Raising a kid with ADHD is hard. Raising any kid is hard, but when your child has ADHD it takes the struggles and kicks them up a notch… or eight. I struggled with my own ADHD growing up and became a classroom teacher. I’ve always wanted to help children with ADHD. Now, I’m a parent of children with ADHD and a parent educator, so I also want to help families experiencing the struggles that come with having a child with ADHD.
When I’m working with families considering medication for their child with ADHD, the majority of parents are hesitant to medicate their child, if not adamantly opposed to it. Every family has their own reasons for their hesitation. Some are afraid of long-term side effects. Others are afraid their child will become addicted. And many are afraid it will change their child’s personality.
I encourage you to talk to your child’s doctor about your concerns, but here are a few things to consider.
First of all, I think it’s important to understand what life is like for your child with ADHD. This is something I understand well, because I was a child with ADHD. Your child with ADHD struggles with impulse control. That means they often act before they think about it. Had your child actually thought first, they likely wouldn’t have made that bad choice that caused them problems and frustrated you. Organization is also hard for your child. Your child didn’t mean to forget their homework again or lose their third pair of mittens this winter. These things are just hard for them. Other things that may also be hard for your child are sitting still, being quiet, and knowing when it’s their turn to talk. Your child might be getting rejected or teased at school for these reasons. Friendships can be really hard for kids with ADHD. And your child may feel emotions extra strongly. When your child is having a complete meltdown over a small thing, it doesn’t feel like a small thing to your child. It feels every bit as huge as they are acting like it feels.
So what can you do to help your child? Should you try ADHD medication? Only you can answer that question. No one knows your child as well as you do. But, here are a few things that parents sometimes tell me and a few things to consider about them.
We’ll do therapy instead.
Cognitive-behavioral therapy and other accommodations can be beneficial for children, and I think they’re important. But if they aren’t working, it might be because a child’s brain is moving too fast for them to utilize the skills they’re learning or the accommodations that are made for them. If that’s the case, then, of course, they won’t be able to help them.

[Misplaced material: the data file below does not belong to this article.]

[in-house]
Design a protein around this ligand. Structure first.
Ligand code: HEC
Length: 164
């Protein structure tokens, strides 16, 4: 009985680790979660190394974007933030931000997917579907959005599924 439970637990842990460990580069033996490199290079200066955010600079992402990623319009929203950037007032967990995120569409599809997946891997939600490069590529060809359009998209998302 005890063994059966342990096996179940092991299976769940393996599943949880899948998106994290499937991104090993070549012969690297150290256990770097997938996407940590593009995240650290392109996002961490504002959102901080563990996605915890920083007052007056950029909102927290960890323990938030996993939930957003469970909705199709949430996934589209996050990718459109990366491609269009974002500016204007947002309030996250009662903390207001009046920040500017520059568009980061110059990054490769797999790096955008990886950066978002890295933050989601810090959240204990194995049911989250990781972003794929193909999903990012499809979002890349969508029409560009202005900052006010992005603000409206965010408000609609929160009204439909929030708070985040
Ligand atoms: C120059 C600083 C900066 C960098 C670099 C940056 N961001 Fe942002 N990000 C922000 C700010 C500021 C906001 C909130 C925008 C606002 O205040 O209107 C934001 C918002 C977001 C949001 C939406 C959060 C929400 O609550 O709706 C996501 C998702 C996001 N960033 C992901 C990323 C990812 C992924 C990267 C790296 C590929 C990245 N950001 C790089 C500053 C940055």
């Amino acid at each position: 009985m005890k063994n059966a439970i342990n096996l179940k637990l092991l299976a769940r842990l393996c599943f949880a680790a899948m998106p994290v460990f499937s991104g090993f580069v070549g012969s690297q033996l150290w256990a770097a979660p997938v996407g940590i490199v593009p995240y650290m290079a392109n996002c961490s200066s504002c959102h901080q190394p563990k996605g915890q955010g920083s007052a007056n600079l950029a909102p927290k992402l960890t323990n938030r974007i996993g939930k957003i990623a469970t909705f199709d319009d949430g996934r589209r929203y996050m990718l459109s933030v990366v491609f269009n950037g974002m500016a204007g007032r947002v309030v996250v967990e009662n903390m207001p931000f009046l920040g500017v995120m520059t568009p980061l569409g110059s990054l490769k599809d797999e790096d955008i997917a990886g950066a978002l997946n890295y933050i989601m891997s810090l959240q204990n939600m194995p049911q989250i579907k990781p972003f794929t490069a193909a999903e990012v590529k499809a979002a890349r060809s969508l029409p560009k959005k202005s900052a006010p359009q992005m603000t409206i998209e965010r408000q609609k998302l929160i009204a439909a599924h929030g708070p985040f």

If we start medication, then they’ll need to be on it their whole life.
Sometimes if a medication can help slow the child’s brain down enough to use the skills they learn in therapy, they may eventually be able to use the skills without the medication.
I don’t want my child on medication at all.
If a child had diabetes, most parents wouldn’t think twice about medicating him against this life-threatening condition. But, in a way, ADHD is also life-threatening. Not usually to the child’s physical life, but certainly to the child’s quality of life.
Children with ADHD often start to feel like they can’t do anything right. This message may come from adults in their lives, but even a child surrounded by caring, supportive adults will often become frustrated with what feels like constant failures. Like I mentioned above, children don’t mean to forget things or interrupt. They often want to act differently than they find themselves acting.
Going through life with ADHD is really hard. Children with ADHD have to work much harder to do things that come more easily for other kids.
Making things even harder for these kids is that children with ADHD are more likely to be rejected or bullied at school because of the struggles they often have with friendships.
They will become addicted to their ADHD medication.
Some of the stimulants used to treat ADHD can be addictive if misused. But, sadly, there is a lot of evidence showing that teens with ADHD have a higher incidence of self-medicating with alcohol and other drugs.
It will change their personality.
I definitely don’t have all the answers, but every time a parent says this to me, I think the reverse might be the way to look at it.
The first time a child I worked with as they started medication for ADHD was a fifth-grade boy in my very first teaching assignment. The first few months I taught him, he was constantly interrupting in class, disrupting his classmates, and losing more homework than he turned in. He started medication and the change was immediate. He was no longer interrupted in class and got his homework done, but what really hit me was how this little guy beamed with pride. He felt so good about the changes he was making. I realized he’d been really unhappy before. He didn’t want to interrupt. He was sick of missing assignments.
He was finally able to be who he wanted to be. The medication hadn’t changed his personality. The ADHD had. When the medication allowed him the time to think of what he actually wanted to do instead of acting before he thought, then his real personality came through. When the medication allowed him to focus on his work, he could be successful like he had always wanted to be.
I started medication for my ADHD in my forties. So, I knew very well who I was; I’d had over 40 years to get to know myself. The medication doesn’t change who I am. It just settles down the things in my mind that are out of control; it enables my mind to work as it’s supposed to. It allows me to do the things I want to do, act the way I want to act, and be the person I want to be.